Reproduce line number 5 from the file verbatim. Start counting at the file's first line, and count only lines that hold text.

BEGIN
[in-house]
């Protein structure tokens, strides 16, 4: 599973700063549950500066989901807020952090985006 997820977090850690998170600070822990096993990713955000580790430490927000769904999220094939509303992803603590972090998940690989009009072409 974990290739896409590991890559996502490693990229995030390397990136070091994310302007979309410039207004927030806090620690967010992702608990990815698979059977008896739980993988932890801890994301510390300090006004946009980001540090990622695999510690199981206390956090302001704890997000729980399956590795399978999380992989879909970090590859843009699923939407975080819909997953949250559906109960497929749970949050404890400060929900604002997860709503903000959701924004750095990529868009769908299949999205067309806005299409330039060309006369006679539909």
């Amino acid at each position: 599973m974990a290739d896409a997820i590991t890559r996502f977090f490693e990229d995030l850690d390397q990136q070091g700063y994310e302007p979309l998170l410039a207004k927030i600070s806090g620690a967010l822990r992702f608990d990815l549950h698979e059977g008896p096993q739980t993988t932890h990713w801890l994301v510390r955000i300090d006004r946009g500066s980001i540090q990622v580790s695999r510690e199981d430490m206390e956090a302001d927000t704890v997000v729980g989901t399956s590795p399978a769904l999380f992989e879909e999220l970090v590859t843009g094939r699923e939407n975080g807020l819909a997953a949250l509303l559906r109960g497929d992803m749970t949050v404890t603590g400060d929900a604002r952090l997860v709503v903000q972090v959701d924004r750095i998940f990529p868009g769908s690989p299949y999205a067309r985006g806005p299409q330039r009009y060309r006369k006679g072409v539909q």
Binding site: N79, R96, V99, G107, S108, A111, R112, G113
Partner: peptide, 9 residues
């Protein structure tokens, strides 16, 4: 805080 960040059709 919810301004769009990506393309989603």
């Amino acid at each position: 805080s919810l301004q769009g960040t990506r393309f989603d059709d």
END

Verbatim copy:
Partner: peptide, 9 residues